Marine Biotechnology

, Volume 14, Issue 3, pp 312–322 | Cite as

Algicidal Activity of Thiazolidinedione Derivatives Against Harmful Algal Blooming Species

  • Yeon-Mi Kim
  • Ying Wu
  • Thi Uyen Duong
  • Seul-Gi Jung
  • Si Wouk Kim
  • Hoon Cho
  • EonSeon Jin
Original Article


Thiazolidinedione (TD) derivatives exhibit algicidal activity against harmful algal blooming species such as Chattonella marina, Heterosigma akashiwo, and Cochlodinium polykrikoides, as reported previously. In this study, the efficacies and selectivities of TD derivatives were tested by analyzing the structure–activity relationships of various TD derivatives. To investigate structure–activity relationships for growth inhibition of harmful algae, we added a methylene group between the cyclohexyl ring and oxygen of 5-(3-chloro-4-hydroxybenzylidene)-TD, which decreased the inhibitory potency of compound 17. Interestingly, another addition of a methylene group significantly increased the inhibitory potency against C. polykrikoides. The addition of 1 μM compound 17 resulted in the cell rupture of harmful algae after less than 10 h incubation at 20 °C. Compound 17 was applied to both harmful and non-harmful algae and showed a drastic reduction in the efficiency of photosystem II, resulting in reduced photosynthetic oxygen evolution. Compound 17 at a 5 μM concentration destroyed all of the harmful algae, while algicidal activity against non-harmful algae did not exceed 30% of the control within the concentration range tested. In contrast, a herbicide, 3-(3,4-dichlorophenyl)-1,1-dimethylurea, tested at a 5 μM concentration, exhibited 40–70% algicidal activity relative to that of the control against both harmful and non-harmful algae. Compound 17 is a promising lead compound for the development of algicides to control harmful algal blooming species.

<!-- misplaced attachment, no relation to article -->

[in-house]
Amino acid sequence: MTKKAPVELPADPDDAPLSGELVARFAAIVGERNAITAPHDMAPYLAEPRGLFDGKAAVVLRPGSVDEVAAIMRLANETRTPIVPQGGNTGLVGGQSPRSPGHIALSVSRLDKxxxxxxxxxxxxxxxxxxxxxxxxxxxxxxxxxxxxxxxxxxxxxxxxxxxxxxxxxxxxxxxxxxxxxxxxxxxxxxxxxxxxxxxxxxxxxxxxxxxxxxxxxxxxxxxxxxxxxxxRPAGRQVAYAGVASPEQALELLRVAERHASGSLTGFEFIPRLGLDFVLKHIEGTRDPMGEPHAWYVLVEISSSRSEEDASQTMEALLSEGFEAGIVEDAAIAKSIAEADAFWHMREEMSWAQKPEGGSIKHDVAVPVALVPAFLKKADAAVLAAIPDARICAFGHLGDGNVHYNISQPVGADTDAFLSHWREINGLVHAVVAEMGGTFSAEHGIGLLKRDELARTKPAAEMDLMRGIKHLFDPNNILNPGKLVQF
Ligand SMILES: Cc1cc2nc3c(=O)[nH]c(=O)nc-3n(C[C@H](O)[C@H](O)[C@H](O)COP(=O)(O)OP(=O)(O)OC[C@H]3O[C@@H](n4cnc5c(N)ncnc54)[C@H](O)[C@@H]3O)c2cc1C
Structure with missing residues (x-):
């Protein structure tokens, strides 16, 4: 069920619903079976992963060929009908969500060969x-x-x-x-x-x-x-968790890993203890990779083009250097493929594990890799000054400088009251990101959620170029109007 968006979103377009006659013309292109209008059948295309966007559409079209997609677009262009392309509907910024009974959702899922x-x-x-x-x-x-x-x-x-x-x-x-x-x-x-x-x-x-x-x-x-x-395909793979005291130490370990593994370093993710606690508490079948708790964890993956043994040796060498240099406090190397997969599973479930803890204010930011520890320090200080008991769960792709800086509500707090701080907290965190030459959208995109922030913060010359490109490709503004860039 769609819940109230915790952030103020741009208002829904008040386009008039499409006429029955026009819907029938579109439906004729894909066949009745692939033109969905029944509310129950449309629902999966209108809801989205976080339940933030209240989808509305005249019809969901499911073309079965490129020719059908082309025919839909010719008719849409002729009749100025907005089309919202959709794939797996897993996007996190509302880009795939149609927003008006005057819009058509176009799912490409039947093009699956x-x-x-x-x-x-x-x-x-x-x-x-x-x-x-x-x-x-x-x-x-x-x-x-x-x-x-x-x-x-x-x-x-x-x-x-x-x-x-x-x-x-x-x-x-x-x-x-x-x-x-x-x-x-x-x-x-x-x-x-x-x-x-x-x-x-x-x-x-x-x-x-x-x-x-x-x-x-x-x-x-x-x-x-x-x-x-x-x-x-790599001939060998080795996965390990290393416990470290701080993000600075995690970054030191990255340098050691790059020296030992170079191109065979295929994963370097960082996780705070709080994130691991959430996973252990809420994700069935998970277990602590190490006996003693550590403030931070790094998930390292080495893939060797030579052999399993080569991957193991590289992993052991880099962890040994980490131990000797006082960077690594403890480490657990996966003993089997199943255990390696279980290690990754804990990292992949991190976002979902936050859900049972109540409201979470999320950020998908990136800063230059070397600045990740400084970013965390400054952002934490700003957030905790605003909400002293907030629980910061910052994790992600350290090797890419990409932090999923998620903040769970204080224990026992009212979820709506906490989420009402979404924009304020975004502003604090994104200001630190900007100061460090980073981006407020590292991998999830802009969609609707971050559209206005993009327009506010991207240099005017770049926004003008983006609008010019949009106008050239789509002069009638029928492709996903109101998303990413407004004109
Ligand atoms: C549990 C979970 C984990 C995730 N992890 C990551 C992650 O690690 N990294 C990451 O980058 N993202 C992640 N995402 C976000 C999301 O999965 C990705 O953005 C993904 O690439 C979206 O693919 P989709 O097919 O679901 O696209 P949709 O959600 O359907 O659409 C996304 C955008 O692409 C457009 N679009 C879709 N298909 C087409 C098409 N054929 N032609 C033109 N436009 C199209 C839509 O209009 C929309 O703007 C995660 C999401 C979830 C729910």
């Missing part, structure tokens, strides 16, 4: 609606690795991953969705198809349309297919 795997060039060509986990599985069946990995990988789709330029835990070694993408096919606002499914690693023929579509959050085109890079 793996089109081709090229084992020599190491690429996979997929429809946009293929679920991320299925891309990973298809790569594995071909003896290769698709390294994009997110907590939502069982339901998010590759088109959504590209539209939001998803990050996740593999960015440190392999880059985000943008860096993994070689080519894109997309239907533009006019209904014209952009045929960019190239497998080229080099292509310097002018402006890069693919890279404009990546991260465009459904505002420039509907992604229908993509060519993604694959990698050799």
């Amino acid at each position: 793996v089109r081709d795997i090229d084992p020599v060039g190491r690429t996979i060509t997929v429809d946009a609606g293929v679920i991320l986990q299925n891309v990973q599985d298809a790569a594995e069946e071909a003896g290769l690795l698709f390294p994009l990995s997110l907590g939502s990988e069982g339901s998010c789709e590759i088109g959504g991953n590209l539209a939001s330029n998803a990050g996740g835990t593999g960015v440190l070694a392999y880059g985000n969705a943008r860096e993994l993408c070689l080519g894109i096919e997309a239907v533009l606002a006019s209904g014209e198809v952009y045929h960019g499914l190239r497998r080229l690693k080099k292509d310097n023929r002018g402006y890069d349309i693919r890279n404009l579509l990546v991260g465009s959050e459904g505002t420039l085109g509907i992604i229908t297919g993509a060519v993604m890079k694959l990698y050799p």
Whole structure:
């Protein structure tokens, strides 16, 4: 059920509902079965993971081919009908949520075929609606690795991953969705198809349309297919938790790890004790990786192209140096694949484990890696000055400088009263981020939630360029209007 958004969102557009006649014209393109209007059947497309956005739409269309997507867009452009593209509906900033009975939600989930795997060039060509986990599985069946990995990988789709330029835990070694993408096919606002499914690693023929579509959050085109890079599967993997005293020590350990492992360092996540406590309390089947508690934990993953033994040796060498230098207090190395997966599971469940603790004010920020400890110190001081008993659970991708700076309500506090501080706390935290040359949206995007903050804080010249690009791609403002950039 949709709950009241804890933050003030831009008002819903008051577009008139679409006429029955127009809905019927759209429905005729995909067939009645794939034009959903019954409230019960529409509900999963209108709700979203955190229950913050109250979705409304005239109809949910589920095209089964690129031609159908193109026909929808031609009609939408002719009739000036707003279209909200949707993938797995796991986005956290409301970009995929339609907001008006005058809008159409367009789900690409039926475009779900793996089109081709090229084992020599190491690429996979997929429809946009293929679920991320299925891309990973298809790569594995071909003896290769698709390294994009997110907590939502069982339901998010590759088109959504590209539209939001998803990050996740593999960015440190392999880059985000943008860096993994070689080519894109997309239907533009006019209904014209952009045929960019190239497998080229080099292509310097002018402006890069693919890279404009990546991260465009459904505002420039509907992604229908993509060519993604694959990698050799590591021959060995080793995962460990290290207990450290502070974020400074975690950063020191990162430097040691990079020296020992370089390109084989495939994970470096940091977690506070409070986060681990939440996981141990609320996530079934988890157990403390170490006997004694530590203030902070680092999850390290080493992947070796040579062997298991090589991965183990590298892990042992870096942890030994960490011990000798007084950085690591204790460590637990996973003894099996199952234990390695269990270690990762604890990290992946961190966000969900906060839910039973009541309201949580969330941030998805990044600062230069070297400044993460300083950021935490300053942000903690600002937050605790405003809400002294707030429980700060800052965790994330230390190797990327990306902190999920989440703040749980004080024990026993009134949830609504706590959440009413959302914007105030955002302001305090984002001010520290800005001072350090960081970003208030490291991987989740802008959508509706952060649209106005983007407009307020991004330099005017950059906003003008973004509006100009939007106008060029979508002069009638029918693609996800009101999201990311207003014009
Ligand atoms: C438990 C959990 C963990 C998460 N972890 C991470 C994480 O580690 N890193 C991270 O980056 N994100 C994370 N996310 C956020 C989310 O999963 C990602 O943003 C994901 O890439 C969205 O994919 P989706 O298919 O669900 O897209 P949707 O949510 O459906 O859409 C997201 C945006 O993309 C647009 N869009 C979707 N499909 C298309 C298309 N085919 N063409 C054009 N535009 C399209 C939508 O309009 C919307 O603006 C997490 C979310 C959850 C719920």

Harmful algal blooms Thiazolidinediones Algicides Photosynthetic inhibitor 



This work was supported by the Pioneer Research Program for Converging Technology of the Ministry of Education, Science and Technology, Republic of Korea (Grant No. M1071118001-08M1118-00110), and this work was partly supported by the National Research Foundation of Korea Grant funded by the Korean Government (MEST) (NRF-C1ABA001-2010-0020501).


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Copyright information

© Springer Science+Business Media, LLC 2011

Authors and Affiliations

  1. 1.Dept. of Life Science and Research Institute for Natural SciencesHanyang UniversitySeoulSouth Korea
  2. 2.Dept. of Polymer Science & EngineeringChosun UniversityGwangjuSouth Korea
  3. 3.Dept. of Environmental EngineeringChosun UniversityGwangjuSouth Korea

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